During the times of economic hardships, we all have one thing on our minds. How do I find a job that would last me though a recession? Is there such a thing as economy proof career? If you lost your job during a recession, you know exactly what I am talking about. I had to learn this the hard way as I was in college when the first economic recession of the 21st century hit our market – the dot com crash.
It was 2001 when I was studying graphic design during my first year of college. Suddenly the internet market crashed, and I lost my internship position as a web designer. I was at loss and started wondering if graphic design was the right career choice. My big dream at a time was still to work in film and make special effects because it just sounded cool. I also enjoyed graphic design a lot.
I spoke to a few of my connections in the film industry. They assured me that the industry was “economy-safe.” Convinced that graphic design was not a stable career choice anyway, I pursued film. Then the post-production industry crashed in 2012, leaving me without work. In the end, I changed my career. The economic shift had something to do with it, but it was not the main reason. I really learned my lesson when it came to going after what I perceived as safe.
Does an economy proof career really exist?
Is there a career out there that can ensure you will stay employed, or at the very least, employable, when the economy crashes? And if so, what career is that? You would think people will always need medicine. For as long as I have known, nurses have never had trouble finding jobs. In fact, they are frequently in high demand. I remember a time in Canada, though, when too many people decided to pursue nursing careers for that very reason. A few years later, there were so many nurses in British Columbia that many of them had trouble finding employment.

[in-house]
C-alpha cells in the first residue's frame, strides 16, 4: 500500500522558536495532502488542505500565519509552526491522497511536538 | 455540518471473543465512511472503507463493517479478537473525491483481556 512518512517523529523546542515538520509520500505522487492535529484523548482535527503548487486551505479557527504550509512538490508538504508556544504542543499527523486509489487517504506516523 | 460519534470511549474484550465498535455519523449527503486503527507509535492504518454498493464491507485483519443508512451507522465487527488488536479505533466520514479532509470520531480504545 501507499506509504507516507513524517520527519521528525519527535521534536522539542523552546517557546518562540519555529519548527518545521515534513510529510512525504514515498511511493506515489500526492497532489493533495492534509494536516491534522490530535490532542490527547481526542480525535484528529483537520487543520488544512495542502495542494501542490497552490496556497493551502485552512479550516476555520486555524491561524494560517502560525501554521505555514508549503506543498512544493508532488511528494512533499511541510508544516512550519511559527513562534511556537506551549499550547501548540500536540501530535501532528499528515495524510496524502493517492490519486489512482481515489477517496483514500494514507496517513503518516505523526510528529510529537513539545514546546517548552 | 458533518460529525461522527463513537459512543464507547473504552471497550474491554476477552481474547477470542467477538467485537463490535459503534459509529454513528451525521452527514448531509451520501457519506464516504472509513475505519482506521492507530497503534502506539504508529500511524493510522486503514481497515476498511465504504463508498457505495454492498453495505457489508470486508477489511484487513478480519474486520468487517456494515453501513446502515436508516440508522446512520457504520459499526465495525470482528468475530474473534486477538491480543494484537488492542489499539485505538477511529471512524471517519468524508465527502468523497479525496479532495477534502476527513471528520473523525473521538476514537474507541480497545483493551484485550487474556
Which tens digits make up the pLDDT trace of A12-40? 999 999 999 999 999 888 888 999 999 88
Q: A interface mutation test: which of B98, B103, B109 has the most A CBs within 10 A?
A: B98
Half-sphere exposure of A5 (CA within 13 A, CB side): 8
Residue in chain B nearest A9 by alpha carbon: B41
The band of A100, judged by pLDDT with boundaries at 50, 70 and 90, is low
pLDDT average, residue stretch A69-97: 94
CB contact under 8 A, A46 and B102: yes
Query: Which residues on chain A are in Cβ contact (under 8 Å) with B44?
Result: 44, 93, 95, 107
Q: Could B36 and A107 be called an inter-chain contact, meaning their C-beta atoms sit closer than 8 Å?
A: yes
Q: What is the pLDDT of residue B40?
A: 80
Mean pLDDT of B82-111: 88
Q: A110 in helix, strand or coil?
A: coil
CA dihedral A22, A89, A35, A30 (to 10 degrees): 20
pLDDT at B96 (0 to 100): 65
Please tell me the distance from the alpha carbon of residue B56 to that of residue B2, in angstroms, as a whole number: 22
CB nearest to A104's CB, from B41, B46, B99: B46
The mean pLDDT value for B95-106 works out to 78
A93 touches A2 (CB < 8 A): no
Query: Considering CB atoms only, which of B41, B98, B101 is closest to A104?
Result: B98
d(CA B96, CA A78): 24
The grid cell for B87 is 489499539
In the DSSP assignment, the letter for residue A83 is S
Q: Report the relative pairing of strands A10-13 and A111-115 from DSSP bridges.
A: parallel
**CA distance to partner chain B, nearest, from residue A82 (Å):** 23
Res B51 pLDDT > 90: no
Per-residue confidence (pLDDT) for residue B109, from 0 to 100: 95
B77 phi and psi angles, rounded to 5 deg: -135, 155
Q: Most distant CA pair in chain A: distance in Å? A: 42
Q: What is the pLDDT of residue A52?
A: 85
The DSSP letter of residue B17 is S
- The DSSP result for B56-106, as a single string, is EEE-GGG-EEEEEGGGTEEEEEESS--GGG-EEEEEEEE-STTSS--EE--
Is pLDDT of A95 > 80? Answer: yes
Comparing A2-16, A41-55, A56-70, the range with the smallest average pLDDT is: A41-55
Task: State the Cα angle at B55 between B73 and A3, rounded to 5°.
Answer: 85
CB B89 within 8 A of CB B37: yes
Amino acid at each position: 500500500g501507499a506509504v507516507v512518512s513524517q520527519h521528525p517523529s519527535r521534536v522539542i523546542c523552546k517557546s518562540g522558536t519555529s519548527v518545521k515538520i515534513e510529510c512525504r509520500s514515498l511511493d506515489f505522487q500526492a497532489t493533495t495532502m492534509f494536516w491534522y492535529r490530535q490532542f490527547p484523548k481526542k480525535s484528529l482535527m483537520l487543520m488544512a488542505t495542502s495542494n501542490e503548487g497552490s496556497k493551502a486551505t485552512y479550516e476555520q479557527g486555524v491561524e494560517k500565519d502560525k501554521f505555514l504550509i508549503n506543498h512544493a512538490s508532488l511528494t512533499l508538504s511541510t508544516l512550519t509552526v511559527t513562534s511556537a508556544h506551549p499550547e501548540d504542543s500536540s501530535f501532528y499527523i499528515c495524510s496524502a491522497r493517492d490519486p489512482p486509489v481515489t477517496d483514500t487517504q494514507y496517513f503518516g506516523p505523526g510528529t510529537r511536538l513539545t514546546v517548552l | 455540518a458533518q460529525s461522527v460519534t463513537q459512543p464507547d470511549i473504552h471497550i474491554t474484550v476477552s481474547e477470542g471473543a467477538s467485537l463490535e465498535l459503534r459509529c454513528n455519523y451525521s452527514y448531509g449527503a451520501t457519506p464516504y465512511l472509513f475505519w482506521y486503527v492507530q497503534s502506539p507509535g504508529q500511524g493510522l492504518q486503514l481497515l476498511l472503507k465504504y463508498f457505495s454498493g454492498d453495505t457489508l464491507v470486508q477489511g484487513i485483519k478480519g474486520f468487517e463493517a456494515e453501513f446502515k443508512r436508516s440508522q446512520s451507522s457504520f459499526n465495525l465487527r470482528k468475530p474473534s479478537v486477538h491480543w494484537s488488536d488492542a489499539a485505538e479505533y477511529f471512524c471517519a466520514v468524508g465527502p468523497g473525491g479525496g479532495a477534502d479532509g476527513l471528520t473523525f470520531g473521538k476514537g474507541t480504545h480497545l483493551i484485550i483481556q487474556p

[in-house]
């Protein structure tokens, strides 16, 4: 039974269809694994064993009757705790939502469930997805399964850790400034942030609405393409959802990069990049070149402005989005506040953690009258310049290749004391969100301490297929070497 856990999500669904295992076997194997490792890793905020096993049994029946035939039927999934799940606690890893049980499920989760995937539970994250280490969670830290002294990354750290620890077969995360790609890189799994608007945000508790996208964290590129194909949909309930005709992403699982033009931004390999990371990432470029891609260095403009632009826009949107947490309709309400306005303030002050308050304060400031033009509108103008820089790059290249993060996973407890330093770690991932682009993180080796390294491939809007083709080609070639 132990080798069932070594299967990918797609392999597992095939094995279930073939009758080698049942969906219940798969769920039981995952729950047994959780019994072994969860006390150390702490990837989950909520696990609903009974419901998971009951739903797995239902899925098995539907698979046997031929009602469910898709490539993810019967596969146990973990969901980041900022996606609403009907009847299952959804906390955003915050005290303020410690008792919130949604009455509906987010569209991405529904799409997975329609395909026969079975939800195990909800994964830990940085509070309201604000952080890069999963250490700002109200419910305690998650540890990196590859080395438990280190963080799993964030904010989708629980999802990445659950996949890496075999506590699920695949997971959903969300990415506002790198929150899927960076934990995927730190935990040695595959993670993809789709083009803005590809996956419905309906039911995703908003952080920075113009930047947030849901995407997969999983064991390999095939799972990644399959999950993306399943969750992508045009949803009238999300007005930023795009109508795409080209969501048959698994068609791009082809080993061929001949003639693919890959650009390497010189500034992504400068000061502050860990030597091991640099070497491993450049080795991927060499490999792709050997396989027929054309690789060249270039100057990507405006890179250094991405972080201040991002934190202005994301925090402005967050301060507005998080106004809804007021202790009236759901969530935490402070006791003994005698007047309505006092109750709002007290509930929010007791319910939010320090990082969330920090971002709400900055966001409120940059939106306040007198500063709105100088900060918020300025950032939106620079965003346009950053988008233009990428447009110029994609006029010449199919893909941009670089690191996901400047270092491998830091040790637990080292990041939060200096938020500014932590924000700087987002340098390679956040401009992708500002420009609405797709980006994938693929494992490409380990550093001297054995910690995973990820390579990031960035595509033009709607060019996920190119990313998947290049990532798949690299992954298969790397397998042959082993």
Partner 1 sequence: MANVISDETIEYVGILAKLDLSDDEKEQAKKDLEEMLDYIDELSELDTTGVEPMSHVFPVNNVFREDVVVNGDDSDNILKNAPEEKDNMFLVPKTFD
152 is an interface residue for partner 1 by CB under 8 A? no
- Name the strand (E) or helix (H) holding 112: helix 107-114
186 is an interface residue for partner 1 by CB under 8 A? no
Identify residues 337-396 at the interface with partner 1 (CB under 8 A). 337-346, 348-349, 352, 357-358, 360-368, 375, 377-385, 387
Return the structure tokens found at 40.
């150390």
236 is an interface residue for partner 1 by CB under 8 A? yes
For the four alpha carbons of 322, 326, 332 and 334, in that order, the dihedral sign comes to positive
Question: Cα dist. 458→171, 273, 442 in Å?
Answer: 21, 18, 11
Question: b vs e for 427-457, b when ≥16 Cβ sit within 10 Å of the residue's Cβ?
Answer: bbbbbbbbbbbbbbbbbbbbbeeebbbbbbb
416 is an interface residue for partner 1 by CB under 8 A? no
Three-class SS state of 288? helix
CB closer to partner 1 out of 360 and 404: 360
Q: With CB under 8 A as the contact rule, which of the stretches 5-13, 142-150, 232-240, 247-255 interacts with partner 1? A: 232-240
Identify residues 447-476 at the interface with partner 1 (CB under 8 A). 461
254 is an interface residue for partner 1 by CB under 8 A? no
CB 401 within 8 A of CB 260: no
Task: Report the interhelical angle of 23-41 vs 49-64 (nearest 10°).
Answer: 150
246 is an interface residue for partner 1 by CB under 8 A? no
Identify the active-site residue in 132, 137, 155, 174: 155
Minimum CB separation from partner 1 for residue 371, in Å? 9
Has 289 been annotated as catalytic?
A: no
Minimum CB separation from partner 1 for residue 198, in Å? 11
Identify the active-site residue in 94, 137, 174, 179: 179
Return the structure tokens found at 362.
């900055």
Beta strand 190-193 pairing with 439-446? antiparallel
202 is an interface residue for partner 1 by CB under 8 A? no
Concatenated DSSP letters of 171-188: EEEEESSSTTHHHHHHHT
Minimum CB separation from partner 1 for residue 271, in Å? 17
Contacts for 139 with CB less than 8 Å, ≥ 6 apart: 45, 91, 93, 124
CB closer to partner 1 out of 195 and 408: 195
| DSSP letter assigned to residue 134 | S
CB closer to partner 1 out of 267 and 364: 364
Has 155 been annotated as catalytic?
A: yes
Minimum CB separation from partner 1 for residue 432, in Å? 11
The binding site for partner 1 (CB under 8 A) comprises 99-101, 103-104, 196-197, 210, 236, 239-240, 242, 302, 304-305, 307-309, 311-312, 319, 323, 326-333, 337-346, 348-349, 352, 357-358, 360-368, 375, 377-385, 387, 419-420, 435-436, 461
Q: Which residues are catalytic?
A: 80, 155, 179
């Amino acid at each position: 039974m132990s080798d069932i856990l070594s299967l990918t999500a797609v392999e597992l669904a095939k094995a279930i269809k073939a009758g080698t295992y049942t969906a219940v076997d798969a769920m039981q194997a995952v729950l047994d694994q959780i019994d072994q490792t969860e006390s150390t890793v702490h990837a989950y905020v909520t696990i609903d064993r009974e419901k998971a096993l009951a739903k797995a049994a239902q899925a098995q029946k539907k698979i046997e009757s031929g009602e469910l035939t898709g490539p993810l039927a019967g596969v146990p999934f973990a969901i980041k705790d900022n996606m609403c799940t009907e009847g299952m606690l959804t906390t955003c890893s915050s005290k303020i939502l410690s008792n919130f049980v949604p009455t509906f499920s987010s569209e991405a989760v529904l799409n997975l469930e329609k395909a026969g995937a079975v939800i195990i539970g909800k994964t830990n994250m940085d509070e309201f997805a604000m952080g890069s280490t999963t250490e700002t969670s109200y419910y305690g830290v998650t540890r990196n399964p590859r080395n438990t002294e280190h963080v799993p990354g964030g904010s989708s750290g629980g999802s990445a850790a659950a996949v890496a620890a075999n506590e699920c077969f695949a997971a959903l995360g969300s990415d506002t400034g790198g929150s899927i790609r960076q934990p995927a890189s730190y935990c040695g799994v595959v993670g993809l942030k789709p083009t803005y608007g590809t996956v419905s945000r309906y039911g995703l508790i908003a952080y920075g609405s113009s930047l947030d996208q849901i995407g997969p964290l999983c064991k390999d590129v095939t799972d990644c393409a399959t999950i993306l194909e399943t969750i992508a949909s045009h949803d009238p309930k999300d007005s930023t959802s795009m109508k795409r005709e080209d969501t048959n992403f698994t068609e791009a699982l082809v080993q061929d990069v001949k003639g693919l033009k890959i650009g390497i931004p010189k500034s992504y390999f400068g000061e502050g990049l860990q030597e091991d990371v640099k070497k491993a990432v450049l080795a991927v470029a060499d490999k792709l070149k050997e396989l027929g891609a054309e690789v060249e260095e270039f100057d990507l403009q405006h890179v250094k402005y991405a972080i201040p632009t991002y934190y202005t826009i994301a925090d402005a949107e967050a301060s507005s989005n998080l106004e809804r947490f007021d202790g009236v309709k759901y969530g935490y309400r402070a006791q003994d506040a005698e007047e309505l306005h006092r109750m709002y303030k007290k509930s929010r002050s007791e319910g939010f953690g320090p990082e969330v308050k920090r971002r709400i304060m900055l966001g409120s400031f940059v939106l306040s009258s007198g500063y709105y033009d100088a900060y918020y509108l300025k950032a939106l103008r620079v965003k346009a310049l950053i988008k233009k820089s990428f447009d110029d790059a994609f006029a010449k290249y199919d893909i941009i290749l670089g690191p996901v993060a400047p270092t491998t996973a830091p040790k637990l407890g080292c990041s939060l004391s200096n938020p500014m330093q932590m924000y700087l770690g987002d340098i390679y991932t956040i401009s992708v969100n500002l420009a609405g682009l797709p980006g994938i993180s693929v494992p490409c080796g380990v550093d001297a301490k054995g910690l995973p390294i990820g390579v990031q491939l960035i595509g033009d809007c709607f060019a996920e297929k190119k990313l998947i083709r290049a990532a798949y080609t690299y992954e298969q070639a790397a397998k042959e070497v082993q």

Unfortunately, economic instability can affect virtually any career or industry at any time. None of us can predict the future. Any position that seems to be in high demand now can become almost obsolete under the right (or wrong) circumstances. Does that mean that no career out there is economy proof? Not exactly.
What does “economy-proof” really mean?
You see, I got it all backwards when I was in college. It only took me ten years and a couple of career changes to realize that. And I am sure, many people have shared my opinion. If we look back, the internet market has been flourishing, nurses are back in high demand and real estate agents are very much thriving again after the 2008 recession.
Most industries and careers experience ups and downs from time to time. That does not mean you have to be at the mercy of the circumstances. I am all for career change when it makes sense, but it is not always the answer. It doesn’t matter what career you choose, as long as you choose what you love.
The key is to become so good at what you do that you are indispensable. And that can only be possible if you are deeply passionate about your work. No matter what you do, if you are one of the best at it, you will be the last one to go when your company decides to downsize. If you do get laid off due to other unforeseen circumstances, you will have no trouble finding another job right away. And when the economy makes a sudden shift, you will find a way to get through the hardship and come out much stronger than before.
Katherine Bouglai is a career transition coach and the founder of Blossom Career. She works with professionals in technology who have recently lost their jobs and are looking for successful career transition. Her specialties include career change, resume development, job search strategies, job interview preparations, offer negotiations and other related skills.